The Reeler


November 8, 2007

No Country For Old Men

Don't call it a comeback -- the blood spilled in Coens' triumph is not that simple

The summative superlatives being aimed at No Country for Old Men belie the film's individual significance. An adaptation of Cormac McCarthy's 2005 novel of twisted thievery and murder in a decaying corner of West Texas in 1980, the movie only shares superficial qualities with the previous work of filmmakers Joel and Ethan Coen. As a result, the stream of hyperbole declaring No Country to be the Coen brothers’ finest accomplishment -- accolades (including my own) that have enshrouded its reputation since it debuted at the Cannes Film Festival earlier this year -- don't do justice either to the film or its creators' oeuvre.

With cult hits like Fargo, The Big Lebowski and Raising Arizona, the Coens have cultivated a reputation for crafting bizarre caricatures of Middle America. No Country, a haunting poem of generational decay, is eerily distinct from that format. The characters bear archetypal hallmarks: A welder named Llewelyn Moss (Josh Brolin) discovers the aftermath of a gunfight in desolate Texas terrain. Among the bodies he finds $2 million of drug money and quickly plots to head south of the border. But this mysterious badass lacks the resilience his tough façade suggests, and his get-rich-quick scheme quickly grows rotten. Trailed by a handful of bounty hunters and an extremely soft-spoken sheriff named Ed Tom Bell (Tommy Lee Jones), Llewelyn becomes a victim of illusory narcissism; seemingly interested only in personal gain, his fantasy of wealth overwhelms the practical necessity to fend for his life.

Yet Llewelyn's existential plight is hardly the moral fiber of the movie. A quietly merciless killer named Anton Chigurh (masterfully played by Javier Bardem, with a focused gaze, half-grunts and graveyard whispers) weaves through its slow-burning plot. Anton carries a captive bolt pistol, a frighteningly powerful gun meant for cattle slaughter, that discharges with a haunting thump and horrific impact. Sticking close to Llewelyn's tail, Anton proves to be a startlingly effective hired gun, but he treats killing as a creative passion rather than a profession. Not once does he seem particularly interested in the pilfered bounty; instead, he seeks to destroy personality types that he finds disreputable.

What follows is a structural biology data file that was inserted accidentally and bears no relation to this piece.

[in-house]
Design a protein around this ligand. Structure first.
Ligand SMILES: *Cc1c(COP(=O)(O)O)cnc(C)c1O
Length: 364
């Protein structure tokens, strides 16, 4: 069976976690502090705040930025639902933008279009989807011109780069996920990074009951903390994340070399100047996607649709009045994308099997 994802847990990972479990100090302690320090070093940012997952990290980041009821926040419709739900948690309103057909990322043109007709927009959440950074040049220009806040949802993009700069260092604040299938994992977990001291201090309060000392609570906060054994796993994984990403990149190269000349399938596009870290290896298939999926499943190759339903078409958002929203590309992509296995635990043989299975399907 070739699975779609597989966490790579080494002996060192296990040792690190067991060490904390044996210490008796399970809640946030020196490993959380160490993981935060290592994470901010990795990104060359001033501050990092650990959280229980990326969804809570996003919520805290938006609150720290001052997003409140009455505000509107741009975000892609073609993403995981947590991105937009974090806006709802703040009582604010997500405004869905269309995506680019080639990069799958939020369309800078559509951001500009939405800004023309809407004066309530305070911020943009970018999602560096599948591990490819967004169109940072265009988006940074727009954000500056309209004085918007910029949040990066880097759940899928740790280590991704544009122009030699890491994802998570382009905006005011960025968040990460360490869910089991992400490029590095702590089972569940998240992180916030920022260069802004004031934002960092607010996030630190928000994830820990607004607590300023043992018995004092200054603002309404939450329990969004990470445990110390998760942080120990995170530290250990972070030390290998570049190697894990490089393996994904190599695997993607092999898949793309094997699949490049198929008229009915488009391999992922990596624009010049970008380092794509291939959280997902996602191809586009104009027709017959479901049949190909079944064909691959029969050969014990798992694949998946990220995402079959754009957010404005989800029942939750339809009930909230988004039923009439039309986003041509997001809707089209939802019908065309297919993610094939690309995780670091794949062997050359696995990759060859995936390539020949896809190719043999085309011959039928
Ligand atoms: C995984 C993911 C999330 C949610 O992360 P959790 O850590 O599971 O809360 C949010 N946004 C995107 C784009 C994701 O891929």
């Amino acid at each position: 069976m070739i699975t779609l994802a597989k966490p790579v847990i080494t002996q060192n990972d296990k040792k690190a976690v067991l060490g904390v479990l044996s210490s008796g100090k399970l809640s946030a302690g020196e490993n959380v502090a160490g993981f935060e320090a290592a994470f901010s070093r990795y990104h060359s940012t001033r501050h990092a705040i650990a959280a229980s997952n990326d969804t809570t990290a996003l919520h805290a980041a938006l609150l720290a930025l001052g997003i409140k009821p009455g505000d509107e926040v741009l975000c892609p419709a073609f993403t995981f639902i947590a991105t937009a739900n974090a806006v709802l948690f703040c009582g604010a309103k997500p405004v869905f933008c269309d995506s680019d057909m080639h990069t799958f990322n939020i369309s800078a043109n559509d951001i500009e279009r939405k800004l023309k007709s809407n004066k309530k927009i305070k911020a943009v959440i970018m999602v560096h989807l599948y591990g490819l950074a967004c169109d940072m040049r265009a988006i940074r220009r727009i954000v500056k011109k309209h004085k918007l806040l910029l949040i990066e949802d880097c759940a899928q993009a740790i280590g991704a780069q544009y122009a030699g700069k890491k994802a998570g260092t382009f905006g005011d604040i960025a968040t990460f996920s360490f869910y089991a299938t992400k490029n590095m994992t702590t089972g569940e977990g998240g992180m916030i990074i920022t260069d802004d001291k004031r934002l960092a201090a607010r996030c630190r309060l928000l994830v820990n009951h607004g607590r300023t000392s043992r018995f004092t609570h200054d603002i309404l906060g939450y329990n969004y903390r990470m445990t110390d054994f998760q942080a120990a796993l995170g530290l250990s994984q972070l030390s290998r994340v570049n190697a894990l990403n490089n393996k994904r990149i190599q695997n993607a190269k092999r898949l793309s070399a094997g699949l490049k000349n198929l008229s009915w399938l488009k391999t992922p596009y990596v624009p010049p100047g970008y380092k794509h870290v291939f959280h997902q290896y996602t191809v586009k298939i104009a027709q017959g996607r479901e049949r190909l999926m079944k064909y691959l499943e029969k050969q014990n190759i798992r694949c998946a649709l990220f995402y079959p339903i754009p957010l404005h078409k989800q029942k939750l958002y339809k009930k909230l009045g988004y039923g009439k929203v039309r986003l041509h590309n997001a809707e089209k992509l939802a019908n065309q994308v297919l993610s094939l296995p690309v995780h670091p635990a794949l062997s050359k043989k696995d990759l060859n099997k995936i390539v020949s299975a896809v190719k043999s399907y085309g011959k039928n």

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Anton's twisted sense of duty is contrasted with the ideals of Sheriff Bell, whose solemn eyes and monologues about the loss of tranquility in daily life speak to self-propagated vanity. Anton is both a symbolic and literal representation of the force that drives the settled way of life into the ground. Meeting a farmer type at a nearby filling station and irked by his plainspoken hominess, Anton offers the man a chance to call a coin toss to determine (unbeknownst to him) if he lives or dies. "But I haven’t put anything up," the man insists. "You’ve been putting it up your whole life," Anton shoots back.

McCarthy's character dynamics reek of metaphor, but that doesn't detract from their developed personalities. Closely mimicking the author's straightforward prose in their script (with Roger Deakins’s photography turning the desert landscape into a golden wasteland), the Coens make theme and plot indistinguishable. The movie's ideological weight comes from sparse, sharply written dialogue and pregnant pauses, which manage never to detract from its marvelously efficient pacing. It's particularly relevant that the sheriff chooses not to go after Anton; our anticipation that such a showdown might take place beats throughout the film.

The Coens (with Joel, as usual, directing) engineer some terrific action sequences (consisting solely of shoot-outs) that are less pulse-pounding than disquieting for their realism. The brothers' other movies have flaunted a sarcastic approach to violent tendencies, but No Country takes them at face value; the battles unfold without heavy stylization, which gives them a chillingly organic feel. There's no music in the movie, and not once does it feel like its authenticity is subordinated to an agenda. The ideas and the storytelling work together in harmony.

Referencing their breakthrough 1984 debut, a colleague suggested to me that the Coens's latest work feels like Blood Simple with a quarter century of experience. But the blood spilled in No Country is not that simple.

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